The Implementation Body, which is charged with verifying savings achieved under the Croke Park agreement, has emphatically rejected claims that the savings have been overestimated. The implementation body stands over its report of €1.5 billion in recurring savings achieved in the first two years of the agreement. It says Croke Park is on course to deliver annual savings of €3.3 billion, net of additional pension costs, by 2015.
So far, the agreement has delivered recurring annual pay savings of €810 million. This figure is made up of average annualised savings in salaries of staff who have left the public service, plus some savings in overtime and premium payments.
The staffing figures used in the calculation are the same ones that the Department of Public Expenditure and Reform (DEPR) uses to report to the troika. The net reduction in staffing is calculated simply by subtracting the total number of public servants at the end of the review period from the total number at the beginning.
The pay savings are calculated by the DPER, which simply multiplies the net staff reduction by the average public service salary including employers’ PRSI. This methodology is likely to have underestimated, rather than overestimated, the pay savings because official figures show that those who have left tend to be more senior and higher paid public servants.
Speaking on RTÉ’s Morning Ireland programme this morning, implementation body chairperson PJ Fitzpatrick said nothing else is added to the salary figure. In other words, nothing is added for ‘overheads’ and, contrary to some media reports, the implementation body does not add a notional additional 25% ‘saving’ on pension costs.
The implementation body has also verified €678 million of non-payroll savings achieved in the first two years of the Croke Park deal. The body compiles these savings from reports, which are signed off by the Accounting Officer of each department or office. The implementation body then engages external consultants to verify the savings reported in a sample of the projects reported.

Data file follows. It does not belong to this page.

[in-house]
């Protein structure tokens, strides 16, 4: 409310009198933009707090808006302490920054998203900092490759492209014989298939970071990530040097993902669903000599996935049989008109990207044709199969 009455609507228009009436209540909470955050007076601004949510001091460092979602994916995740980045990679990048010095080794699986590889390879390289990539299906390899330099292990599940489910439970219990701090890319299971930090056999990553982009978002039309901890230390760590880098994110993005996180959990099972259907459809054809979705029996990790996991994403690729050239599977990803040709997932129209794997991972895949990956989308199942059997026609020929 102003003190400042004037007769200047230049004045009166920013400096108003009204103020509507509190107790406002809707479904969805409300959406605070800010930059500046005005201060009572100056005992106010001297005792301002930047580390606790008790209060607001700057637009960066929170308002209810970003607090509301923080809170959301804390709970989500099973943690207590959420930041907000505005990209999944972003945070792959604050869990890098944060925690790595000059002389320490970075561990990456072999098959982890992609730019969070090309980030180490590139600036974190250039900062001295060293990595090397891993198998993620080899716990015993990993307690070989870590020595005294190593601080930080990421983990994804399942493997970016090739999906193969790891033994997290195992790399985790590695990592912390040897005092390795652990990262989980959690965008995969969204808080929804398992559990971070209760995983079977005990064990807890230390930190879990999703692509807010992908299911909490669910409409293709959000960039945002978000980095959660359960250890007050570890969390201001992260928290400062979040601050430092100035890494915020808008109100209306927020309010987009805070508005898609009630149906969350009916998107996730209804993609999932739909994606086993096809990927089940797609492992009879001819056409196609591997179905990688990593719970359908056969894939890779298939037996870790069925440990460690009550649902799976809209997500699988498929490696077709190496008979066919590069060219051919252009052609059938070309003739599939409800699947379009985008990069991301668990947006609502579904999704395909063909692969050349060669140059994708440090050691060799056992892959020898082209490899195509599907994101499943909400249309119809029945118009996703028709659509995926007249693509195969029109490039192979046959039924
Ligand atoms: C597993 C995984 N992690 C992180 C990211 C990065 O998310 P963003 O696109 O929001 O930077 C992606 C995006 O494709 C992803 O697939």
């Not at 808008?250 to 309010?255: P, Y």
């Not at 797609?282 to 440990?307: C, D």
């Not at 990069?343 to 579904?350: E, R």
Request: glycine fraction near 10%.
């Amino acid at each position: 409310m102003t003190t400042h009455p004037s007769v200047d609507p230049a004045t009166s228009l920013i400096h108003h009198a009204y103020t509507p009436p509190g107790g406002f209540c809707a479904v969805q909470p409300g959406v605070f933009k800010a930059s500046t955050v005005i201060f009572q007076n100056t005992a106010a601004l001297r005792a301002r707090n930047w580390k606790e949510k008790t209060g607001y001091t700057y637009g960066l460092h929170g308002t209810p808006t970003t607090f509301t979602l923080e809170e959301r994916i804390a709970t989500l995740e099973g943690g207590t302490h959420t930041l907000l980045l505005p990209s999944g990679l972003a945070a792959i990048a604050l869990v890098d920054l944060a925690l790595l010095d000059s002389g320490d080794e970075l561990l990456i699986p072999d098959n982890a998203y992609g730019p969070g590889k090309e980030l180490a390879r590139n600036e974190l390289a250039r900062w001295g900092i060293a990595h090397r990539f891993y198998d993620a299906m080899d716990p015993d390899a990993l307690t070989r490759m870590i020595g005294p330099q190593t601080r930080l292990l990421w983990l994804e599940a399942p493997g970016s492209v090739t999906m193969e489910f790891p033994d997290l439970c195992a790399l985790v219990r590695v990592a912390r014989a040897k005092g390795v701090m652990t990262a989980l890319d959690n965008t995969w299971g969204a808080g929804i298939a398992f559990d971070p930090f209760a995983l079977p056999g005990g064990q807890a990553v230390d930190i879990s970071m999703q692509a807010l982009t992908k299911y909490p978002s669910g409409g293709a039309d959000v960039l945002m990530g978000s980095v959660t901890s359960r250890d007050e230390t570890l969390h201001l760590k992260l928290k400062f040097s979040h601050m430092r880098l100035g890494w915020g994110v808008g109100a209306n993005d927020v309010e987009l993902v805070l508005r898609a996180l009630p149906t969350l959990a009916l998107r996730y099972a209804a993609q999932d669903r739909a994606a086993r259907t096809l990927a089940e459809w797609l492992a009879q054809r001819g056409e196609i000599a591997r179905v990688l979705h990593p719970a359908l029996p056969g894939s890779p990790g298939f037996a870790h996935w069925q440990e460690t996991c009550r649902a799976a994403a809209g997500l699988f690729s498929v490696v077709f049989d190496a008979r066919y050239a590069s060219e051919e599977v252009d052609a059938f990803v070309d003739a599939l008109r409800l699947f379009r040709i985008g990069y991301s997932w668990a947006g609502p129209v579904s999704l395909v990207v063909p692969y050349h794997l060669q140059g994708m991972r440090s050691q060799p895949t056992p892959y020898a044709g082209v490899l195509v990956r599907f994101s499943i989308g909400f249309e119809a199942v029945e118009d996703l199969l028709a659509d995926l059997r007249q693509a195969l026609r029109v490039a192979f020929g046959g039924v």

Departments have not been instructed to calculate non-pay savings as 40% of pay savings and implementation body chair PJ Fitzpatrick has confirmed that there is no evidence that any department or office has done this.
Most non-pay savings have come from things like enhanced shared services, improved procurement practices, increased online services, reduced travel costs, and savings in maintenance, fleet maintenance, catering and cleaning costs. Virtually none of the non-pay savings have so far come from office overheads – the issue raised in media reports over the weekend.
Despite media reports, the implementation body’s non-payroll figures do not include an additional 40% (or 80% according to this morning’s Irish Times) of payroll costs to account for office overheads. Confusion over this appears to have arisen from a report by Grant Thornton which was published in June 2012 and which, among other things, verified non-payroll savings in the Department of Agriculture, Food and the Marine.
Grant Thornton suggested that the department could have reported savings in overhead costs following office closures as 40% of staffing costs. This appears to have been based on an earlier public service convention of adding 40% for office and overhead costs – on top of salary costs – when new agencies are being established.
Although no new agencies are being established under Croke Park, Grant Thornton suggested that the agriculture department could use this figure when calculating the savings from office closures. The department declined and the implementation body used the lower departmental estimate of overheads savings, rather than the 40% figure proposed by Grant Thornton.